Multicultural Britain: The death of a stereotype

12 March 2019

By James L

Great Britain is best known for being home to an awful lot of incredibly posh, very polite tea addicts. Ask anyone who’s spent any time in the UK and they’ll tell you something very different.

Apart from drinking tea…

I’ll admit, we do still drink a lot of tea, according to the UK Tea and Infusions Association we consume over 165 million cups of it every day! While we may all be just as in love with tea as we were hundreds of years ago, the same can not be said for many other typically British traditions.

Britain is currently hurtling through a very intense and dynamic period both politically and socially. You really don’t need to look far to see the evidence. The proof might even be the last meal you ate, perhaps a Chinese? If your last meal doesn’t prove anything then I challenge you to google what the national dish of the UK is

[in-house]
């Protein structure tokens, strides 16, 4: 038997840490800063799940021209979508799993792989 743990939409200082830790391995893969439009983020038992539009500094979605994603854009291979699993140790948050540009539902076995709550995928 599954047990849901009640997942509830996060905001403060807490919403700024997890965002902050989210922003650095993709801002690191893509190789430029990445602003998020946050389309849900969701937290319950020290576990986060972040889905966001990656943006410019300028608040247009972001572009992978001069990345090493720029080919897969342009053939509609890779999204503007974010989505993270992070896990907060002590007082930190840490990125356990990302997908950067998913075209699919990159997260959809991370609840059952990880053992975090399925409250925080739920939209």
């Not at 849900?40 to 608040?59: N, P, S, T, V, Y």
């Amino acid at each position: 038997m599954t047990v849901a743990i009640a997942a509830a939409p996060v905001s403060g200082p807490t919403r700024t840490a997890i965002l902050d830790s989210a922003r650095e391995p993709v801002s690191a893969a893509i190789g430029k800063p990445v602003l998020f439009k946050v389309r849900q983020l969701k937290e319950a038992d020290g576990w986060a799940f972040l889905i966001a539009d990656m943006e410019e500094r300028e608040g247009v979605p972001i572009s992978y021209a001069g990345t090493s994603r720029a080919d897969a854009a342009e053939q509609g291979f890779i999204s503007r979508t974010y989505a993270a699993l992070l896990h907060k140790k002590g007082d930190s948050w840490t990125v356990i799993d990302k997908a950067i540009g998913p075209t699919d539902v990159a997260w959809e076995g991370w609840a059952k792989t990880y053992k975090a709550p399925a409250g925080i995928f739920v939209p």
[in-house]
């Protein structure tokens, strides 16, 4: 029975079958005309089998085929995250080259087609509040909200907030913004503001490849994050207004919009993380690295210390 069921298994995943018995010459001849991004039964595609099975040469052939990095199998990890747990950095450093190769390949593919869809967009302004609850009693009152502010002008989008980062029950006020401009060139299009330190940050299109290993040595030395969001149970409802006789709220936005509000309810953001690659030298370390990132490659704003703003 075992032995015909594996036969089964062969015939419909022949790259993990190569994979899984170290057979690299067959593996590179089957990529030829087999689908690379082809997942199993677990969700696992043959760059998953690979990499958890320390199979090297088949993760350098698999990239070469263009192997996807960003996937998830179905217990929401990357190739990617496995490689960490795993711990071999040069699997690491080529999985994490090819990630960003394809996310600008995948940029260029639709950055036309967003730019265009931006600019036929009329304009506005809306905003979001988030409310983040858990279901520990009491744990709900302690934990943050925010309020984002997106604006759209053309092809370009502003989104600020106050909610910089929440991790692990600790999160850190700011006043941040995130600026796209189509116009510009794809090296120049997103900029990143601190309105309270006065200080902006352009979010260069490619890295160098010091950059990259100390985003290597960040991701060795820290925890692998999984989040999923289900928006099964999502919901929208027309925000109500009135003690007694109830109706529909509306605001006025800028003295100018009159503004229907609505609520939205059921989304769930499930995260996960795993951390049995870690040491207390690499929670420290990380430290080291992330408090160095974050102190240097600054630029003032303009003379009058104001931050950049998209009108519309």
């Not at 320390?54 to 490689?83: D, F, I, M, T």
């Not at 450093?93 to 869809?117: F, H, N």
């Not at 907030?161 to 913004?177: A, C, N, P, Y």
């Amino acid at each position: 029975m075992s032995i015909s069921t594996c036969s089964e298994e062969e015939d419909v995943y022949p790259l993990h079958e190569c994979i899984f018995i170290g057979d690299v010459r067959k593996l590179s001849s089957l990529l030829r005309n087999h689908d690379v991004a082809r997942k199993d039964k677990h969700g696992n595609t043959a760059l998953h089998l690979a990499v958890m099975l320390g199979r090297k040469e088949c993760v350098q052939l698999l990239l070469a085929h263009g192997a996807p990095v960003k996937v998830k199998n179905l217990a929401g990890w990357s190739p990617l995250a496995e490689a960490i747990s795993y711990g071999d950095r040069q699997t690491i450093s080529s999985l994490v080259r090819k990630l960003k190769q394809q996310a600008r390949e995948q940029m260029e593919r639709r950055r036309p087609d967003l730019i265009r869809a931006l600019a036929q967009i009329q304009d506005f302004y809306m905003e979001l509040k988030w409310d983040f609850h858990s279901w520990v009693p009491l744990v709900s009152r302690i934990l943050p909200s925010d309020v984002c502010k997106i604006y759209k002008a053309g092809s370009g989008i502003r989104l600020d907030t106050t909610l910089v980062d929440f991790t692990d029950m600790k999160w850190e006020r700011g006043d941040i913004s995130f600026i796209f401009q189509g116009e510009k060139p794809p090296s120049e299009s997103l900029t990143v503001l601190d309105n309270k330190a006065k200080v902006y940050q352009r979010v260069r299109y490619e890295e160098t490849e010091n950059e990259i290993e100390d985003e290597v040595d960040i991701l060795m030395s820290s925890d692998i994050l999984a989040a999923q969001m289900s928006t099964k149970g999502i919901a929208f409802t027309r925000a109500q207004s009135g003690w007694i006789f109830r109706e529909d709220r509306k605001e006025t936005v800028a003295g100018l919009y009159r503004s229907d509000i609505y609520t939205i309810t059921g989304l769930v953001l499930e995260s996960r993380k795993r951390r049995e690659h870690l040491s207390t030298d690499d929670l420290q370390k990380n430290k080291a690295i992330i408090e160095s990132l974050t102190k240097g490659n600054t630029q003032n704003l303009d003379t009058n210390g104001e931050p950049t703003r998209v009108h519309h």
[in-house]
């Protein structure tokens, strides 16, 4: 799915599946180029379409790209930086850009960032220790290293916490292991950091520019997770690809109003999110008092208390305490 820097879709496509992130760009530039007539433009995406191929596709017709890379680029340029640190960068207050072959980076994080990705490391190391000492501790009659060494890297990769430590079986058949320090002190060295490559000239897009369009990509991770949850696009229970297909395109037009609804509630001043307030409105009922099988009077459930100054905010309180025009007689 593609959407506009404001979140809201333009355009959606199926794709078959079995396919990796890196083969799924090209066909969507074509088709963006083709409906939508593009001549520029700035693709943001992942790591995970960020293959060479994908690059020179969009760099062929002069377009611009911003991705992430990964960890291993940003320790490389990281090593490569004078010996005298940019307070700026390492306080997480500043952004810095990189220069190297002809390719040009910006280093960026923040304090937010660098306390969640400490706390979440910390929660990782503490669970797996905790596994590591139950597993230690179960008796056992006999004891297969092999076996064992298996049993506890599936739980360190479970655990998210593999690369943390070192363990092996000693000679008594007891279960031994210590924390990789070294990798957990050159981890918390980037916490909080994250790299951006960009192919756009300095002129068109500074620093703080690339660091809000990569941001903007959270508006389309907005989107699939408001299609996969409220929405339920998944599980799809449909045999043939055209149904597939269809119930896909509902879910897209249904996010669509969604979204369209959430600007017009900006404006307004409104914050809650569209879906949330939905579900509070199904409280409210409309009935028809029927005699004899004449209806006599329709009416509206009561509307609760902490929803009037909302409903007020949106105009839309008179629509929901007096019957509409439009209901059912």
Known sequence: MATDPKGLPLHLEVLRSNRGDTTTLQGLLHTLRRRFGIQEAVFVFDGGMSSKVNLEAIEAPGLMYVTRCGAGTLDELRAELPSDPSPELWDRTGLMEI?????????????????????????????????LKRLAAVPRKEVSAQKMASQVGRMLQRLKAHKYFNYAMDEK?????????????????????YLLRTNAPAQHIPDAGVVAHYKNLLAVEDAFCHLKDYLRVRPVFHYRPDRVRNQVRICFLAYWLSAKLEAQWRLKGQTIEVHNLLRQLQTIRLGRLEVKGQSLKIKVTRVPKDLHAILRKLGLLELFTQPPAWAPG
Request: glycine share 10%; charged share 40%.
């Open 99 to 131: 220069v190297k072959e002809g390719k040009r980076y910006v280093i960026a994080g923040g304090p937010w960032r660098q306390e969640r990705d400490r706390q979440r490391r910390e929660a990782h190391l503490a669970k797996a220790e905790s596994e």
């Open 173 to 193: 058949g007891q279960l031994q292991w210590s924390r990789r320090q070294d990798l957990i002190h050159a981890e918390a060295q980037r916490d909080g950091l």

Is Multiculturalism bad?

The spread of multiculturalism has brought about massive changes to the way we live our lives. But is it too much? Are we sacrificing British culture to foster multiculturalism?

No, is the simple answer. As we introduce new people and new ideas we only grow our culture and what it means to be British. Stereotypical ‘British culture’ is the result of many different cultures combining. The English language descends from Latin and Germanic languages among others. Northern dialect is heavily influenced by Scandinavian language from the Vikings. Even the capital city, London is on the site of the Roman settlement Londinium. Britain is built on foundations laid down by different cultures from around the world and it’s time we all accept that the British stereotype is dead and maybe that’s for the best.

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